What are Consent Orders?

If you have recently separated from your spouse or de facto partner, and have reached an agreement about arrangements for your children and property, consent orders are the best way to document your agreement. Consent orders are essentially an agreement that has been stamped and sealed by the court, making it legally binding. They can refer to both parenting and property settlement matters, and if breached or disregarded, they can be enforced by the court.

Stamp Duty and Tax Benefits

If your consent orders involve property or financial matters, there are several tax benefits that come along with it. For instance, if an interest in a property is to be transferred to you from your former spouse, you will not have to pay stamp duty on the transfer if it is documented in a consent order. This can save you a considerable amount of money, much more than the cost of paying a lawyer to prepare the consent orders. Additionally, consent orders may exempt you from having to pay capital gains tax on property transfers or from paying stamp duty on share transfers or to remove a party from a trust when transferring shares in a company.

How to Obtain Consent Orders

To obtain consent orders, you need to apply to the Family Court and complete the “Application for Consent Orders” form. The form is a lengthy document that sets out all the details of the marriage, and you must attach another document containing your proposed orders or the terms you and your former partner have agreed to. The Family Court provides specific templates accessible from its website, and there is quite a lot of information and detail that the Court requires. There is also a filing fee for filing an application for consent orders, which is much less than the fee charged for a divorce application.

Can I Do This Myself?

You can make the application without a lawyer, but be aware that there is quite a lot of information to gather and documentation to consider and fill out. It is recommended that you obtain independent legal advice about the orders you are agreeing to. Also, be aware that if you have property matters that involve superannuation splits or property transfers, the orders need to be very specific to be enforceable.

It is possible to make an application for consent orders without the help of a lawyer, but it is highly recommended that you seek the advice of an experienced family lawyer. It’s important to note that there are many complex issues that can arise with the drafting of the consent orders, and an attorney will be able to identify any weaknesses and help you navigate any potential pitfalls.

In particular, if your property matters involve superannuation splits or property transfers, the orders need to be extremely specific to ensure they are enforceable. A skilled lawyer can help ensure that your orders are drafted in a way that will be approved by the court, as the court does not simply rubber stamp these orders without asking a lot of questions. So, it’s important to work with a lawyer to ensure that your consent orders are legally sound and will be enforceable in the future, and finally, that you will be comfortable with the form of the orders made as it will be unlikely you may not simply be able to adjust them to suit your particular needs in the future.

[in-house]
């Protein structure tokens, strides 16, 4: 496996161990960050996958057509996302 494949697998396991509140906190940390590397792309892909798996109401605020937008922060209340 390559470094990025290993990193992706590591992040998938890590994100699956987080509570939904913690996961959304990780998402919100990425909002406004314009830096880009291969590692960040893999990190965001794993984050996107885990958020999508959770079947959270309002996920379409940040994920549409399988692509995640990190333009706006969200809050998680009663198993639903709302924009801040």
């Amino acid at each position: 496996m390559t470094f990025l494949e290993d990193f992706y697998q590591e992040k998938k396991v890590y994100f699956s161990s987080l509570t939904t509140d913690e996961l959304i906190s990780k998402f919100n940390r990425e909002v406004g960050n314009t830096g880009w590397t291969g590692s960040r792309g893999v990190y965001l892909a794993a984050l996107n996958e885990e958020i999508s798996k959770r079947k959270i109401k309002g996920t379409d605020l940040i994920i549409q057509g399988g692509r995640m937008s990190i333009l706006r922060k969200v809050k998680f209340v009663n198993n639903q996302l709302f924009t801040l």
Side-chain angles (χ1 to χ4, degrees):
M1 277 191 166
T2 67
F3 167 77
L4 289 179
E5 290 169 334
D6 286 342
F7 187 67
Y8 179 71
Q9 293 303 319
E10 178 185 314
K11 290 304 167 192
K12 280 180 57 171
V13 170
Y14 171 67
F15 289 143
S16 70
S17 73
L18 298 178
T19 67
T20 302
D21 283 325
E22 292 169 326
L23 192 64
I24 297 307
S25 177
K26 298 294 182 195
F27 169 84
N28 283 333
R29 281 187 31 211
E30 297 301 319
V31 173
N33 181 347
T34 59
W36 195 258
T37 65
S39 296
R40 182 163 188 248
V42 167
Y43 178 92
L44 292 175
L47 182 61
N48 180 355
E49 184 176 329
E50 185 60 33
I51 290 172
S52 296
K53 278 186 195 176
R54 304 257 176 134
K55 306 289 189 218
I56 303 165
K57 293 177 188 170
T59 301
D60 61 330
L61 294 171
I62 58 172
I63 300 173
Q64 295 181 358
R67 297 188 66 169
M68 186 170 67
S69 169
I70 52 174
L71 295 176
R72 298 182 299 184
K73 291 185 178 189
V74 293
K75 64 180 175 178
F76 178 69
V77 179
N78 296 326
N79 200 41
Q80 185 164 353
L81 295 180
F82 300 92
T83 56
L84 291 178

Frequently Asked Questions on Consent Orders


What is a Consent Order?

In Australia, consent orders are used in cases where the parties do not require the court to make a decision for them. The parties come to an agreement on their own, which is then written in the form of consent orders that the parties then file in the Federal Circuit and Family Court of Australia to be made as formal court orders. Consent orders can be made regarding parenting and/or financial matters like property settlement or spousal maintenance and can also be used in some circumstances to vary or discharge existing family court orders.

How Long Does a Consent Order Last For?

A consent order can last indefinitely unless one party later successfully applies to have it set aside. Once a consent order is approved and made by the court, it is valid in perpetuity.

Can the Court Reject a Consent Order?

The court can reject your application for consent orders if it believes the orders are not in the best interests of dependents or are not fair to both parties. This is a determination the court must make in reviewing the application, regardless of the fact that both parties have agreed to the conditions set out in the draft orders.

Are there Any Time Restrictions in Filing Consent Orders for Financial Orders?

If you want to file an application for consent orders for financial orders, there are certain time frames that you need to keep in mind. If you have obtained a divorce order, you have a 12-month period to file an application for consent orders or commence court proceedings in relation to financial matters. However, if you were in a de facto relationship, you can file within two years of the separation date in relation to financial matters.

In case you need to file an application for consent orders outside of these time frames, you will have to seek leave of the court to file the application. For more information or legal advice on applying for consent orders, contact an experienced family lawyer.

Scroll to Top